Fed Hock Files Arguments Against Holzer Tax Exemption< < Back to
Holzer Clinic in Athens is not entitled to tax exemption because it did not have a charity care policy in place by Jan. 1 of both 2013 and 2014, and because a bond-financing arrangement does not qualify it for exemption under Ohio law, according to Federal Hocking Local School District.
The district makes those claims in a recent filing with the Ohio Department of Taxation.
In March, the department sent a letter to Federal Hocking stating that Holzer had been found to qualify for property tax exemption, but that the school district had 30 days (later extended to May 2) to respond to the ruling. If Holzer Clinic of Athens gets the full exemption, Federal Hocking will lose about $100,000 a year in tax revenue.
Holzer Health System is arguing, in part, that the clinic is entitled to a tax exemption because it provides charity care.
“…The charity care policy, which appeared to be the basis for the original application (for tax exemption), was not in existence as of the tax lien date of January 1, 2013 and was still not in existence as of January 1, 2014,” the school district argues in its recent filing.
Included with the filing is an affidavit from an Athens-area resident who states he went to Holzer Clinic of Athens in October of 2013 to ask about getting charity medical care and was told the clinic did not have a charity care policy at that time, but might have one in February of 2014.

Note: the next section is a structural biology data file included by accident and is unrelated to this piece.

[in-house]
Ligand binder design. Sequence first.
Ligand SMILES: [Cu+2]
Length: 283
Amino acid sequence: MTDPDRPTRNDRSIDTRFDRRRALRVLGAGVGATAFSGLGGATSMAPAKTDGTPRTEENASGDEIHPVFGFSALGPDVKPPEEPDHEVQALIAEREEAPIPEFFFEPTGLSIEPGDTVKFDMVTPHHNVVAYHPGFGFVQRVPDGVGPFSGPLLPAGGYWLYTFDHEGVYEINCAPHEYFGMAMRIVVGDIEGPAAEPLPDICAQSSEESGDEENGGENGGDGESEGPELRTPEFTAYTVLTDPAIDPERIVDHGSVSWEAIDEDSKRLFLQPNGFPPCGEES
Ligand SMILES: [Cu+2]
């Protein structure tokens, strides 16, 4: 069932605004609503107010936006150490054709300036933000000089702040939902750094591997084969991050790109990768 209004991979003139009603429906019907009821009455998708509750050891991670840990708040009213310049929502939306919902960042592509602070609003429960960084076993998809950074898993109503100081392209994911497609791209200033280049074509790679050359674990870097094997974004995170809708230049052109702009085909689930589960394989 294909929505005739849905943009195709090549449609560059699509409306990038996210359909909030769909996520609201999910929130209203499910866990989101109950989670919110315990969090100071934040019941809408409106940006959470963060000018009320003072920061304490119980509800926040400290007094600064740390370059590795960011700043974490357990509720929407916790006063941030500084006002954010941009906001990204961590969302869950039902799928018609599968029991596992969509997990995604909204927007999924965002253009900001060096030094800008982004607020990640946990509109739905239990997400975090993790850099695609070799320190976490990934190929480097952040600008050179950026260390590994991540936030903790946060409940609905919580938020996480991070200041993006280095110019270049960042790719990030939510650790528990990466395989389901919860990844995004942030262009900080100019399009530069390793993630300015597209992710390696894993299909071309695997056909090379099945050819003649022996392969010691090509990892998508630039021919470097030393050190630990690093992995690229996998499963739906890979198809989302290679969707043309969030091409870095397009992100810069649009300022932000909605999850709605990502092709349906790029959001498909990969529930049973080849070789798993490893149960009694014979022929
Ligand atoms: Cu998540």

Earlier this year, Holzer Health System amended its application to include an additional argument for tax exemption based on an Ohio law that says “all hospital facilities purchased, acquired, constructed or owned by a public hospital agency, or financed in whole or in part by obligations issued by a public hospital agency” are entitled to tax exemption.
Gallia County, considered a public hospital agency under Ohio law, issued bonds in 2012 related to the merger that created Holzer Health System, which was deeded the Athens clinic in October 2011.
Federal Hocking is arguing that the bond issuance was just a refinancing of debt and therefore does not qualify the clinic for exemption under Ohio law.
“The Athens clinic was not purchased with financing issued by (Gallia County) since the deed to Holzer Health System was executed five months prior thereto,” Federal Hocking argues in its recent filing.
There is a lease arrangement under which Holzer Health System leased the clinic of Gallia County, which then immediately subleased it back to Holzer Health System.
“Under the terms of the lease, it was never contemplated that (Gallia) County would have any involvement in the transaction other than to serve as a ‘straw-man’ type entity that was being used to qualify the property for public financing and as a possible path to an exemption,” Federal Hocking asserts.